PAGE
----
Germany is more than just lager, lederhosen and long bratwurst. True, the country is renowned for having the best beer in the world (Oktoberfest anyone?), but Deutschland also weaves an eclectic tapestry of old and new, mystique and adventure , the exotic and the traditional, that will surprise and delight even the most seasoned traveller.
Germany’s bustling capital Berlin is an attraction unto itself and therefore a perfect starting point. This multicultural metropolis shrouded in history yet swaddled in modernity bears testimony to the German people’s evolved outlook on life. Now a city that never sleeps and where cultural collisions are embraced, football tournaments bring out German-Turkish hybrid flags, burger bars lurk next to art museums and people dance to Beethoven on classical club nights. Famous landmarks like the remains of the Berlin Wall, the Reichtag and The Brandenburg Gate, serve as a reminder of a city that has long been in the cross-hairs of history; whilst the hectic pace, unparalleled nightlife and cultural mash ups are evidence of a vibrant city throwing itself into tomorrow.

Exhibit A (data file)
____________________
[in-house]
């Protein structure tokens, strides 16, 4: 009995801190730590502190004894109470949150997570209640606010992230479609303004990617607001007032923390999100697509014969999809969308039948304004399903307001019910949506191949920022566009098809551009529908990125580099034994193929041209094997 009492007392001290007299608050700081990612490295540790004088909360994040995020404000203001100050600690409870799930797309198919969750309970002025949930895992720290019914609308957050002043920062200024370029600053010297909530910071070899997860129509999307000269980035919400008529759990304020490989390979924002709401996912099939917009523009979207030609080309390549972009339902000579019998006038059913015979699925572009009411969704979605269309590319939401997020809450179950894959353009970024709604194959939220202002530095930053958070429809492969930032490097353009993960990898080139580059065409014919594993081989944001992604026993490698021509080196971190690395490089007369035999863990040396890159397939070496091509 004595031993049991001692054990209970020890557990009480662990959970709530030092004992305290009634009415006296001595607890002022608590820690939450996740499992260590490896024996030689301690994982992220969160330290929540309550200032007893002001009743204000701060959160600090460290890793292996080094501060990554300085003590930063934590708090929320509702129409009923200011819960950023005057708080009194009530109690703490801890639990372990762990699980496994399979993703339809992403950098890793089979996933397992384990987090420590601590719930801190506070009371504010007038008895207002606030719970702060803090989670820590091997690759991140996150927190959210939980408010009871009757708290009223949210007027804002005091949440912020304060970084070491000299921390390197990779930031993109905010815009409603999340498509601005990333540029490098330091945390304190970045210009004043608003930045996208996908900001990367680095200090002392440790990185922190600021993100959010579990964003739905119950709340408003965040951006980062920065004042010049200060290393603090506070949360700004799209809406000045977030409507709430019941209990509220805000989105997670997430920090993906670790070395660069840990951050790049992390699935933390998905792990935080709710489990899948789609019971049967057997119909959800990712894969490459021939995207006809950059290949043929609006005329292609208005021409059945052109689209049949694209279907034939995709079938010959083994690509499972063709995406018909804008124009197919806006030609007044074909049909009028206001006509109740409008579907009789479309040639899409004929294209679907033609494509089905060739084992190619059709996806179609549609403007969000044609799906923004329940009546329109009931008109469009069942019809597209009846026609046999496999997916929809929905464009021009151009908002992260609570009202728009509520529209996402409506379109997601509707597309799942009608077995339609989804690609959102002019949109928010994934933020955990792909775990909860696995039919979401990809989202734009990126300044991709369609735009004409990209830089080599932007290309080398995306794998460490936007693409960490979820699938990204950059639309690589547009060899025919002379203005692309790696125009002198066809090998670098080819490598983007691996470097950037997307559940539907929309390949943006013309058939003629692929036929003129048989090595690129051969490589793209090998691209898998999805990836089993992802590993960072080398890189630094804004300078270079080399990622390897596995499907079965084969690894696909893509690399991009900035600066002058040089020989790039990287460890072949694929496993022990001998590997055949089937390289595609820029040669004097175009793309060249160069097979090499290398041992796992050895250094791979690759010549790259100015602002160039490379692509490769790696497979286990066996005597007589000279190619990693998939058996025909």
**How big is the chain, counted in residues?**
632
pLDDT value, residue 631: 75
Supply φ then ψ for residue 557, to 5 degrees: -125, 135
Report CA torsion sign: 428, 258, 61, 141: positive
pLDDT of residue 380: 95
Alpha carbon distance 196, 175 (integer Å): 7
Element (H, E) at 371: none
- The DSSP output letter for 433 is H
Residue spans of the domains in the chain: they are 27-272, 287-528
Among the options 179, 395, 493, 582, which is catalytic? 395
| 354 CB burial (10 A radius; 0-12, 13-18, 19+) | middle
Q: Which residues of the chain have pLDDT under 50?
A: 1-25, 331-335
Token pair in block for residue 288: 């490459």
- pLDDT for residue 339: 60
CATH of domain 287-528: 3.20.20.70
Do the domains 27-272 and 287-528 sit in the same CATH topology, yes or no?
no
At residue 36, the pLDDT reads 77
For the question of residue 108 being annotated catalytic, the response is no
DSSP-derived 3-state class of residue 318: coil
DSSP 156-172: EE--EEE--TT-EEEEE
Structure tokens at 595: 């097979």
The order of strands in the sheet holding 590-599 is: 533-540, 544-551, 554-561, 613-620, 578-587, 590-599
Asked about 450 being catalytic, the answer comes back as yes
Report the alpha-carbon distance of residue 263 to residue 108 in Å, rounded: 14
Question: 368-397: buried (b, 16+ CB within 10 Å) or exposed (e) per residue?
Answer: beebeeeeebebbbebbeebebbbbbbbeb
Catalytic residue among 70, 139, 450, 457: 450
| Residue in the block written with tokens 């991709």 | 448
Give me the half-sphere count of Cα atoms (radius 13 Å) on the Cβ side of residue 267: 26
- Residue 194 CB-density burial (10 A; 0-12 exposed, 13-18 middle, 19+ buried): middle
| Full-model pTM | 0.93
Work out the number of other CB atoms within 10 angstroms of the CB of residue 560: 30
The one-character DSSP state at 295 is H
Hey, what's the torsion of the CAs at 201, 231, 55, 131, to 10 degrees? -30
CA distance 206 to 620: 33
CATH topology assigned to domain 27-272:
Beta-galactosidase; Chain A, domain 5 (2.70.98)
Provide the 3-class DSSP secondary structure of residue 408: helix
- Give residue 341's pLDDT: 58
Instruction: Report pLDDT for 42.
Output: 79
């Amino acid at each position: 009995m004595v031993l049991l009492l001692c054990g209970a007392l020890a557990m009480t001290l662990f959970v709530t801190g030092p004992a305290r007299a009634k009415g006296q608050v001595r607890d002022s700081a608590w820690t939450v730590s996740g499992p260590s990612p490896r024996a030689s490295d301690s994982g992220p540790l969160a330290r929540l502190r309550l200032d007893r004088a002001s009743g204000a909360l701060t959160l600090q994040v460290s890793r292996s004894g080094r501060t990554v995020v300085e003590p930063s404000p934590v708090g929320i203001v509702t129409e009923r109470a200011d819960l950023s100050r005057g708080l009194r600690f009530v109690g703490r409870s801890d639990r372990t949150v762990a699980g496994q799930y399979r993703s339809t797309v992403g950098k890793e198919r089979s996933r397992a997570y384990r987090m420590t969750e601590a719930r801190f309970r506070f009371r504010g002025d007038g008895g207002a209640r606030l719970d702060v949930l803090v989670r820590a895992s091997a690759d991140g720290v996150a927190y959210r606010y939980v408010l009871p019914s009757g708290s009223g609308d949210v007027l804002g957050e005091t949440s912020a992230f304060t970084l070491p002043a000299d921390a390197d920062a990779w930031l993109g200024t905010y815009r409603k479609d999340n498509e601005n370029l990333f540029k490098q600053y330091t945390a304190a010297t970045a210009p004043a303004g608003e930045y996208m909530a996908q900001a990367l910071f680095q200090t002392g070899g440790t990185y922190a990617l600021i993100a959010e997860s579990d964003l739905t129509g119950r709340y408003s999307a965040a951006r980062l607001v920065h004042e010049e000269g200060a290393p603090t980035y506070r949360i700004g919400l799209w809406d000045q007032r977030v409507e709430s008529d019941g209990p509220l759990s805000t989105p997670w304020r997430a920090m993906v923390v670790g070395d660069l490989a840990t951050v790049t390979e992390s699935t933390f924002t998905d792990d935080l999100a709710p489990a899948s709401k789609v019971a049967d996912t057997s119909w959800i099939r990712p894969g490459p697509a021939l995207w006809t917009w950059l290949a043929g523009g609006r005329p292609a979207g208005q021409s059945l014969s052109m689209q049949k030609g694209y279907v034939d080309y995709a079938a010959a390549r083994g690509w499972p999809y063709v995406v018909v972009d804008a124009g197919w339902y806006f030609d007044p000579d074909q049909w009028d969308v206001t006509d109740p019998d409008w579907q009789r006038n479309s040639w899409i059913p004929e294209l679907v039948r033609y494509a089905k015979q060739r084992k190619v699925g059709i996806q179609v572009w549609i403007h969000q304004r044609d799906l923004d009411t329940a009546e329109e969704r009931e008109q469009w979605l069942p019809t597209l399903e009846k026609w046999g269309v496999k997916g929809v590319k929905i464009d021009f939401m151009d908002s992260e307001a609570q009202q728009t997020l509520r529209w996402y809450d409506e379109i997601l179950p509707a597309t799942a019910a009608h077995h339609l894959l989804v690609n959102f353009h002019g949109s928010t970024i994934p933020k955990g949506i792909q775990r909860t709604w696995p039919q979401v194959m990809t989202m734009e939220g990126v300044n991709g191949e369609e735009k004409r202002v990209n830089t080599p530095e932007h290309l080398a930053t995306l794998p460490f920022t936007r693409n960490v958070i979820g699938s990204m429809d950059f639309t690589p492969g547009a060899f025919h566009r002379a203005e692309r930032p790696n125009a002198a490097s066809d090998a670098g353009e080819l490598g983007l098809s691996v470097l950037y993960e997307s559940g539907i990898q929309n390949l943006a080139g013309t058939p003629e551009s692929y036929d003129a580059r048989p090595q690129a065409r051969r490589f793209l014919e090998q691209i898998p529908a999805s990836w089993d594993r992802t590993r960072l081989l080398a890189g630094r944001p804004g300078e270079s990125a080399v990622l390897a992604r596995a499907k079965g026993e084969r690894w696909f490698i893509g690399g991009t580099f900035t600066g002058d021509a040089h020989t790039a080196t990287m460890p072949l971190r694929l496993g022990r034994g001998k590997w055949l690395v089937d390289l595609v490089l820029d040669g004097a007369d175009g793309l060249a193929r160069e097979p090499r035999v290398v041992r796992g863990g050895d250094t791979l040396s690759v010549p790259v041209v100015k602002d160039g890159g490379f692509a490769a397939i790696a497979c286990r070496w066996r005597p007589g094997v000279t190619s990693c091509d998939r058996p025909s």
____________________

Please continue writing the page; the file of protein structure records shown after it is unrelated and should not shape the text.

A deutschbahn ticket can transport you almost anywhere from the nation’s capital. The Bavarian region in the southern area is home to the world famous annual Okteberfest in Munich which is a must see for visitors wanting to experience traditional German culture. Dress up in a lederhosen or dirndl, invest in a large stein glass and let your hair down – but make sure you know how you are getting back to your hotel before you start drinking! The Hofbräuhaus (German Beer Hall) in Munich is a sound substitute if you miss The Fest, where giant plates of schnitzel, pretzels and bratwurst are accompanied by one litre stein’s and an ompah band playing Bavarian brass band music.
As a nation that has been a battleground repeatedly having to rise from the ashes, you would need years to even brush the surface of the historical infrastructure and diverse terrain that blankets every surface. Ranging from fortresses in the Alps to the third century Roman ruins in Trier, the tales behind the historic sites that litter the country will never cease to intrigue and fascinate both the natives and visitors alike. In the south, the vast and beautiful Black Forest promises what you might expect from a German picture-book holiday, whilst the River Rhein as one of the longest and most important waterways in Europe, makes for a breathtaking pathway to plan a tour upon.
From the wondrous excitement of busy Berlin in the north, to its mystifying beauty of the Baden region in the south, every nook and cranny of this nation nurses something for everyone to marvel and experience.